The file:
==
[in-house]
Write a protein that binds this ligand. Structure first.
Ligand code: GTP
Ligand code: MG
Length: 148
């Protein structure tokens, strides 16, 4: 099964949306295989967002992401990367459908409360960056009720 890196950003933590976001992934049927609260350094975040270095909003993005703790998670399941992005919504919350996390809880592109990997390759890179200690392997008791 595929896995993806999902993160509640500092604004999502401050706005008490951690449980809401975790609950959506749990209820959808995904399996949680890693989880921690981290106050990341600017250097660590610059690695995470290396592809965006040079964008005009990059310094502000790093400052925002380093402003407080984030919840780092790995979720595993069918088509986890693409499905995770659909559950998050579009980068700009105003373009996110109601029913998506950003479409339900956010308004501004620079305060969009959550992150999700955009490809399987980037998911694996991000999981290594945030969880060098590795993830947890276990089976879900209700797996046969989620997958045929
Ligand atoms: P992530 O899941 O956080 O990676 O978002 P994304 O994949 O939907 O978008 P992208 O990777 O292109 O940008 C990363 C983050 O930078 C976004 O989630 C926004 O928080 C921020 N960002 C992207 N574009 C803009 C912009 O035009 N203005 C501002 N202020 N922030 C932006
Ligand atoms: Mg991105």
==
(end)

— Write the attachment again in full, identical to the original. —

[in-house]
Write a protein that binds this ligand. Structure first.
Ligand code: GTP
Ligand code: MG
Length: 148
């Protein structure tokens, strides 16, 4: 099964949306295989967002992401990367459908409360960056009720 890196950003933590976001992934049927609260350094975040270095909003993005703790998670399941992005919504919350996390809880592109990997390759890179200690392997008791 595929896995993806999902993160509640500092604004999502401050706005008490951690449980809401975790609950959506749990209820959808995904399996949680890693989880921690981290106050990341600017250097660590610059690695995470290396592809965006040079964008005009990059310094502000790093400052925002380093402003407080984030919840780092790995979720595993069918088509986890693409499905995770659909559950998050579009980068700009105003373009996110109601029913998506950003479409339900956010308004501004620079305060969009959550992150999700955009490809399987980037998911694996991000999981290594945030969880060098590795993830947890276990089976879900209700797996046969989620997958045929
Ligand atoms: P992530 O899941 O956080 O990676 O978002 P994304 O994949 O939907 O978008 P992208 O990777 O292109 O940008 C990363 C983050 O930078 C976004 O989630 C926004 O928080 C921020 N960002 C992207 N574009 C803009 C912009 O035009 N203005 C501002 N202020 N922030 C932006
Ligand atoms: Mg991105």